- Parliament gets it, crypto-currency bunkum edition
- The baroness, the ICO fiasco, and enter Steve Wozniak
- The ICO whose team members are literally cartoon characters
- The London School of Cryptonomics
- Intel's disruption, and the problem with every token pitch
- Buy SEC tokens! Now!
- Crypto “hedge fund” update
- The CryptoMillionsLotto
- We ran away with your bitcoins!! LOL, JK
- About that Petro
- Michelle Mone brings a touch of the avant-garde to finance
- Conservative peer stakes her name on a crypto offering, just as the market crashes
- Crypto market put on notice — yet again
- ICO regulator anger translator
- Kodak makes last desperate bid for relevance with cryptocurrency
- Crypto cards just suffered a major setback
- Bank analyst very proud of his cryptocurrency mining rig
- Crypto startup wants to revive the non-dollar petrocurrency idea
- Crypto bust alert [siren]
- What ICO valuations tell us about the state of modern monopolies
A Dutch fund of hedge funds manager is doing an initial coin offering, because of course, why not?
- Someone tell Ghana that it isn’t 2017 anymore
- Tilray is nuts. When's the crash?
- This is Musk, when's the crash?
- This is nuts, when's the crash?
- This is the dumbest thing we’ve seen in a long time. When’s the crash?
- This is nuts. When’s the crash?
- This is nuts, when’s the valuation-gymnastics crash?
- This is nuts, when’s the tantrum?
Corporate venture capital units invested in almost a quarter of global VC deals in the second quarter this year.
Brewdog, the independent Scottish brewery, has raised £100m from TSG Consumer Partners, the American private equity firm. In a message to shareholders on Saturday, the beer maker said TSG had acquired 22 per cent of the company. Brewdog said the transaction had given it a £1bn enterprise value.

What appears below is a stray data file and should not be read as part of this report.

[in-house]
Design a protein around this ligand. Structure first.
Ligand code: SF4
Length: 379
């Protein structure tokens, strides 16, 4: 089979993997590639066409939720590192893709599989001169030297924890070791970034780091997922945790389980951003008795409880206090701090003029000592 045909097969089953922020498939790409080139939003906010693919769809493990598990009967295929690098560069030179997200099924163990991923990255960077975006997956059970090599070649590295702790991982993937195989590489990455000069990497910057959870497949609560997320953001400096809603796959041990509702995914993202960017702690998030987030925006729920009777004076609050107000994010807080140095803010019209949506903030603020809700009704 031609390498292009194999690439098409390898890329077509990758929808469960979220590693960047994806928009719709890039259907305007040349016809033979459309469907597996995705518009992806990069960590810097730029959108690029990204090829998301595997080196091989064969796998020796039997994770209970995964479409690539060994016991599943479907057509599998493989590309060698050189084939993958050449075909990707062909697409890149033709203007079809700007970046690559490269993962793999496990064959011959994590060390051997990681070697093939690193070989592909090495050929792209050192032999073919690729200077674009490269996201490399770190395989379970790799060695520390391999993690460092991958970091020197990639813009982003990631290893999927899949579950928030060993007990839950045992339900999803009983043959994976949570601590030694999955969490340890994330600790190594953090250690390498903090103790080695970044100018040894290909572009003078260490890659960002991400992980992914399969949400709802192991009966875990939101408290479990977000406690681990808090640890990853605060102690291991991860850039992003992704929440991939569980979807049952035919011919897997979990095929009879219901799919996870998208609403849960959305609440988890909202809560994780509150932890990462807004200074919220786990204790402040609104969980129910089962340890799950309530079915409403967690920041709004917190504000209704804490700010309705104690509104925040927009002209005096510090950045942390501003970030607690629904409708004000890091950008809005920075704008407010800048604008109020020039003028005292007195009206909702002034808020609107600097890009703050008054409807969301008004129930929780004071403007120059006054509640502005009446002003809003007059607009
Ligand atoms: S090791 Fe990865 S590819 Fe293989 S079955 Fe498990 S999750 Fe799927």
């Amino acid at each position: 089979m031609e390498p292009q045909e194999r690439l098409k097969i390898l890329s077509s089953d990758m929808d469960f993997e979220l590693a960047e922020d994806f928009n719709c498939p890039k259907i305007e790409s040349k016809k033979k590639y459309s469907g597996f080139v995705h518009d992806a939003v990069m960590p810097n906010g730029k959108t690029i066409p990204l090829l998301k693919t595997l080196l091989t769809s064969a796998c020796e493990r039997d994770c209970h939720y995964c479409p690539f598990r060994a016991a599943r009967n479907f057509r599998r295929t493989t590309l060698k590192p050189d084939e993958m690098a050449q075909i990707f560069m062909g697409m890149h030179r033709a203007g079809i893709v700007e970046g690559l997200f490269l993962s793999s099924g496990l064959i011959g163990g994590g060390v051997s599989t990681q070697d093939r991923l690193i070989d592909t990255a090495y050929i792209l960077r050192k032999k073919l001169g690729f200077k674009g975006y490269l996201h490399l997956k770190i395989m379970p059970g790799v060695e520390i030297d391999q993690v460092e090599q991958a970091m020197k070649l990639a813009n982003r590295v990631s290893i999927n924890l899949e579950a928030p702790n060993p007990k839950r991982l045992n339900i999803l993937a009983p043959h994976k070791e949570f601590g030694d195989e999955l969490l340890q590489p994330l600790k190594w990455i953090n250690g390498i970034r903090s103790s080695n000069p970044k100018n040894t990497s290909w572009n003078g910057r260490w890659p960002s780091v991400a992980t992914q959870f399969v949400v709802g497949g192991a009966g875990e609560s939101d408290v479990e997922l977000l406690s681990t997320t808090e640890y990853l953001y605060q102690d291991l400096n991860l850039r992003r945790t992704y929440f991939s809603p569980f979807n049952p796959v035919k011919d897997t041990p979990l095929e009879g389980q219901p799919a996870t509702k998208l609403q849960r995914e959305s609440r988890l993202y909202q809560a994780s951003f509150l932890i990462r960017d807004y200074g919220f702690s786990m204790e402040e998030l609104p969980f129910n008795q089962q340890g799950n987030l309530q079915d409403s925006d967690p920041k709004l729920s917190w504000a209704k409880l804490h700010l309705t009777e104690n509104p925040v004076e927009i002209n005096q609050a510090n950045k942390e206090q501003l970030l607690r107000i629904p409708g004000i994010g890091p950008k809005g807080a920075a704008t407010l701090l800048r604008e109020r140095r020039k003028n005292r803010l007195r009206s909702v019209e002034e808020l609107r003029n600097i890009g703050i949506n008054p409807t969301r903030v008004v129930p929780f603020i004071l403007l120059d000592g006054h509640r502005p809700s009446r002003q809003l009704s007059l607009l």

British venture capitalists are worried Brexit could deprive them of European funds and are lobbying hard for the government to step in with compensatory tax-breaks. But what does this really say about the quality of VC investments?
Bitcoin asset holders have discovered there is logic in taking risk with middlemen if it means idle (and highly volatile) zero yielding assets can be transformed into yielding securities. As a consequence, Bitcoin has gone full-circle and become exactly what it sought out to destroy.
Corporate debt in China is a well-known problem and part of the solution is, apparently, a new round of debt-for-equity swaps. Of course, there will always be sceptics.
The tendency toward restriction that runs through the tone of the presentation seems to me to be quite problematic. It seems to me to support a wide variety of misguided policy impulses. –Larry Summers, Jackson Hole 2005 You might think Summers had changed his mind in the eleven years since he called Raghuram Rajan a “Luddite” for daring to suggest the financial system had gotten riskier since the 1970s thanks to competition and the rise of performance-based pay. After all, in a new paper, Summers and graduate student Natasha Sarin not only cited Rajan’s work approvingly, they concluded lenders are still too vulnerable to panics. You would, however, be wrong.